by Jini Stolk
The “debate over audience diversity” recently discussed by Kate Taylor in the Globe and Mail is, as was pointed out, more a necessity than a debate. And the answer to the question of where it should start seems to me to be “everywhere, in many companies, in many different ways” – until, as the wonderful Jovanni Sy of the Gateway Theatre is hoping, audiences’ attendance patterns reflect their diverse artistic interests more than their ethnic backgrounds.
The Pew Research group’s fascinating report on the demographic future of the United States (described by The Nonprofit Quarterly as “one of the most beautifully executed yet content rich interactive posts we have seen“) has been generating a lot of discussion about the speedy pace of change in racial dynamics to our south – but also about the “graying of America.” The study projects that the combination of low birthrates and people living longer is creating an American future where the average person will be much older than at any point in history. This too has huge implications for those of us who work in the arts, particularly the performing arts. The need to focus on the lifetime value of an audience member requires renewed efforts not just to bring in and diversify audiences, but also to engage and retain them over the long-term.
The author of The Next America says that “Demographic transformations are dramas in slow motion. America is in the midst of two right now. Our population is becoming majority non-white at the same time a record share is going gray. Each of these shifts would by itself be the defining demographic story of its era. The fact that both are unfolding simultaneously has generated big generation gaps that will put stress on our politics, families, pocketbooks, entitlement programs and social cohesion.”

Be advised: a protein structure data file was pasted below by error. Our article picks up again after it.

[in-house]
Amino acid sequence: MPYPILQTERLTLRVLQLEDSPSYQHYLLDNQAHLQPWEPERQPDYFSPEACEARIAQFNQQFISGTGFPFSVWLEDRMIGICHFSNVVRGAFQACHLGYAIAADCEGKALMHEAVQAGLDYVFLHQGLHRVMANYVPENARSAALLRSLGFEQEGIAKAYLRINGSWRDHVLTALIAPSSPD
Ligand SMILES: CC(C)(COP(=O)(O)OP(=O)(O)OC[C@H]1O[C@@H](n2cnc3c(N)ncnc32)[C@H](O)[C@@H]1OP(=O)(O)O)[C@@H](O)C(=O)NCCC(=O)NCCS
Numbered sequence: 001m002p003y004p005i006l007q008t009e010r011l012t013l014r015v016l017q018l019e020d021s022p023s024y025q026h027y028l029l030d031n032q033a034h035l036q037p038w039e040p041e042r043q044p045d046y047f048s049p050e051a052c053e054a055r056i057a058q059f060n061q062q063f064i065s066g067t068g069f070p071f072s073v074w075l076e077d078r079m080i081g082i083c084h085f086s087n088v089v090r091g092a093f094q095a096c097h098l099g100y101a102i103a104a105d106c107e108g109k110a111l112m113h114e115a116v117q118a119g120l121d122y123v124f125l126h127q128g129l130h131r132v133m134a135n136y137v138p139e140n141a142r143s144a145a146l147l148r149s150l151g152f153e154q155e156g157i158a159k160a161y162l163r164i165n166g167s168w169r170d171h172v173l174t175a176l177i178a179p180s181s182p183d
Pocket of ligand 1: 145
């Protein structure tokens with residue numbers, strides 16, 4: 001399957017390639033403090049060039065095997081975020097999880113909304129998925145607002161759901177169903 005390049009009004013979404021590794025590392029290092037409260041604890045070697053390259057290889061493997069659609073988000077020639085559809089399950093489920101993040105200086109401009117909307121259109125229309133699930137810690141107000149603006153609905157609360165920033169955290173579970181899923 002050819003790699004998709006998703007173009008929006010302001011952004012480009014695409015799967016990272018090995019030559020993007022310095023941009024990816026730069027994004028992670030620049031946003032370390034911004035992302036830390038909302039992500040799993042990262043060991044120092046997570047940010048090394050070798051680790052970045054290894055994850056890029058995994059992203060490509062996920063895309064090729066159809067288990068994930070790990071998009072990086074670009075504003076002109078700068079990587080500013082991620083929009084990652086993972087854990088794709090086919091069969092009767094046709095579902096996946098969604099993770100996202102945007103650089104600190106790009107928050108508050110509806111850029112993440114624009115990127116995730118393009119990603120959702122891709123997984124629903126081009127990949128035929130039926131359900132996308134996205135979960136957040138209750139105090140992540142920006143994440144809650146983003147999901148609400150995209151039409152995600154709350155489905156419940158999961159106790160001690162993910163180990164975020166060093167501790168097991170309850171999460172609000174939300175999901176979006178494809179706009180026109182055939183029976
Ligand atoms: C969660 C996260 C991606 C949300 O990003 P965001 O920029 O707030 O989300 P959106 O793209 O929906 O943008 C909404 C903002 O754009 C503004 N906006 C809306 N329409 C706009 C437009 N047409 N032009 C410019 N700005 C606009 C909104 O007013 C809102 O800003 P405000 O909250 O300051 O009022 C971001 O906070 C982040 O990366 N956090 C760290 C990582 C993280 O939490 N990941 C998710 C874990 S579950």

Since the demographic changes he describes also exist in Canada, they may also up-end our approaches to audience development.
A new study by Hill Strategies Research Inc., provides a look at Diversity and Arts Attendance by Canadians in 2010, examining arts attendance by eight “diverse” demographic groups including visible minority Canadians, first-generation immigrants, Aboriginal people, Canadians with disabilities, Youth (15 to 24 years of age) and Seniors (65 and older).
Alan Brown’s A Study of College Student Preferences towards Music and the Performing Arts for The Hopkins Center for the Arts at Dartmouth College provides insights into how to draw the elusive young adults audience into arts programs and how to engage the next generation of audiences. The research is available for download from wolfbrown.com/college.